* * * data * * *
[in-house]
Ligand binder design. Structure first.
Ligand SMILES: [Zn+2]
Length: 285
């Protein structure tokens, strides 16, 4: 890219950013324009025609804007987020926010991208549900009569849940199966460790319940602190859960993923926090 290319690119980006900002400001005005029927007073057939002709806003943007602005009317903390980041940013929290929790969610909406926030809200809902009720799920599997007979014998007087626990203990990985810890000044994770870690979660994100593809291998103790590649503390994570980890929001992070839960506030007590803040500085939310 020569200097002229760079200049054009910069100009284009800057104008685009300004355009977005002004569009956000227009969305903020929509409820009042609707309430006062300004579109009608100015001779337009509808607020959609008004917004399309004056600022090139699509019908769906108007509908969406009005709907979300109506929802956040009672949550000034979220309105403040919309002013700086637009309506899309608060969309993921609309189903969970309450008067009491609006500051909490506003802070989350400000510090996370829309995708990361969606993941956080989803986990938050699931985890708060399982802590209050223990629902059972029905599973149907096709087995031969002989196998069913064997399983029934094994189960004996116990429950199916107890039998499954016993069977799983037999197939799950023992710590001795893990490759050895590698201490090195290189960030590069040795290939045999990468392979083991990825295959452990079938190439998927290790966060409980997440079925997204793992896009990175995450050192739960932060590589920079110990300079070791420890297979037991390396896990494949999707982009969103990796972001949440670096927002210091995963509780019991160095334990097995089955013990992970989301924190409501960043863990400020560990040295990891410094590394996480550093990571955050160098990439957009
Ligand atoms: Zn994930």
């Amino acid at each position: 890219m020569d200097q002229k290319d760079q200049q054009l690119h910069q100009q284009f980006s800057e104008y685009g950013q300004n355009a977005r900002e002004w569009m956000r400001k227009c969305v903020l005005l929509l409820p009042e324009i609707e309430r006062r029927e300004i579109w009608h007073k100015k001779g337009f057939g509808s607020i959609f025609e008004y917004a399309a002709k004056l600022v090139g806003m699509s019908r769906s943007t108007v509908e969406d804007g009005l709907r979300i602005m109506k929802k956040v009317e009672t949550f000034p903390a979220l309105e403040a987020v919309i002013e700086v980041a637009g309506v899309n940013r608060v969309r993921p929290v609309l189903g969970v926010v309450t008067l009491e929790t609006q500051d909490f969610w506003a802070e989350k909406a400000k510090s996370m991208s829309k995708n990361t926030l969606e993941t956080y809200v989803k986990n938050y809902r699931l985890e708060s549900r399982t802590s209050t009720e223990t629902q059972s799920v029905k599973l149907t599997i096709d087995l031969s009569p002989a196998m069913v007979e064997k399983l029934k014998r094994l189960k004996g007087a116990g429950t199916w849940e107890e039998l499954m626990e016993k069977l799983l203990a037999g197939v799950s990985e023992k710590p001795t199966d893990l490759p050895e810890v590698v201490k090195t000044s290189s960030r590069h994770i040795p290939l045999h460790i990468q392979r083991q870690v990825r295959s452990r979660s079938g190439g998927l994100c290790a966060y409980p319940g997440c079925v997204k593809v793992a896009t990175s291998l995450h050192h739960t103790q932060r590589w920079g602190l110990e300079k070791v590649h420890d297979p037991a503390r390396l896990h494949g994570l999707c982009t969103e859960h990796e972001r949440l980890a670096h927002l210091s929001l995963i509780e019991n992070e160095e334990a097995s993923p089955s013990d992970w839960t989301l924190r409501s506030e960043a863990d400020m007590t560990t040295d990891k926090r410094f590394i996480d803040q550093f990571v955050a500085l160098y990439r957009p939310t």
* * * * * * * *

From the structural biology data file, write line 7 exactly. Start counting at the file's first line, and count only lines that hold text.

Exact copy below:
């Amino acid at each position: 890219m020569d200097q002229k290319d760079q200049q054009l690119h910069q100009q284009f980006s800057e104008y685009g950013q300004n355009a977005r900002e002004w569009m956000r400001k227009c969305v903020l005005l929509l409820p009042e324009i609707e309430r006062r029927e300004i579109w009608h007073k100015k001779g337009f057939g509808s607020i959609f025609e008004y917004a399309a002709k004056l600022v090139g806003m699509s019908r769906s943007t108007v509908e969406d804007g009005l709907r979300i602005m109506k929802k956040v009317e009672t949550f000034p903390a979220l309105e403040a987020v919309i002013e700086v980041a637009g309506v899309n940013r608060v969309r993921p929290v609309l189903g969970v926010v309450t008067l009491e929790t609006q500051d909490f969610w506003a802070e989350k909406a400000k510090s996370m991208s829309k995708n990361t926030l969606e993941t956080y809200v989803k986990n938050y809902r699931l985890e708060s549900r399982t802590s209050t009720e223990t629902q059972s799920v029905k599973l149907t599997i096709d087995l031969s009569p002989a196998m069913v007979e064997k399983l029934k014998r094994l189960k004996g007087a116990g429950t199916w849940e107890e039998l499954m626990e016993k069977l799983l203990a037999g197939v799950s990985e023992k710590p001795t199966d893990l490759p050895e810890v590698v201490k090195t000044s290189s960030r590069h994770i040795p290939l045999h460790i990468q392979r083991q870690v990825r295959s452990r979660s079938g190439g998927l994100c290790a966060y409980p319940g997440c079925v997204k593809v793992a896009t990175s291998l995450h050192h739960t103790q932060r590589w920079g602190l110990e300079k070791v590649h420890d297979p037991a503390r390396l896990h494949g994570l999707c982009t969103e859960h990796e972001r949440l980890a670096h927002l210091s929001l995963i509780e019991n992070e160095e334990a097995s993923p089955s013990d992970w839960t989301l924190r409501s506030e960043a863990d400020m007590t560990t040295d990891k926090r410094f590394i996480d803040q550093f990571v955050a500085l160098y990439r957009p939310t």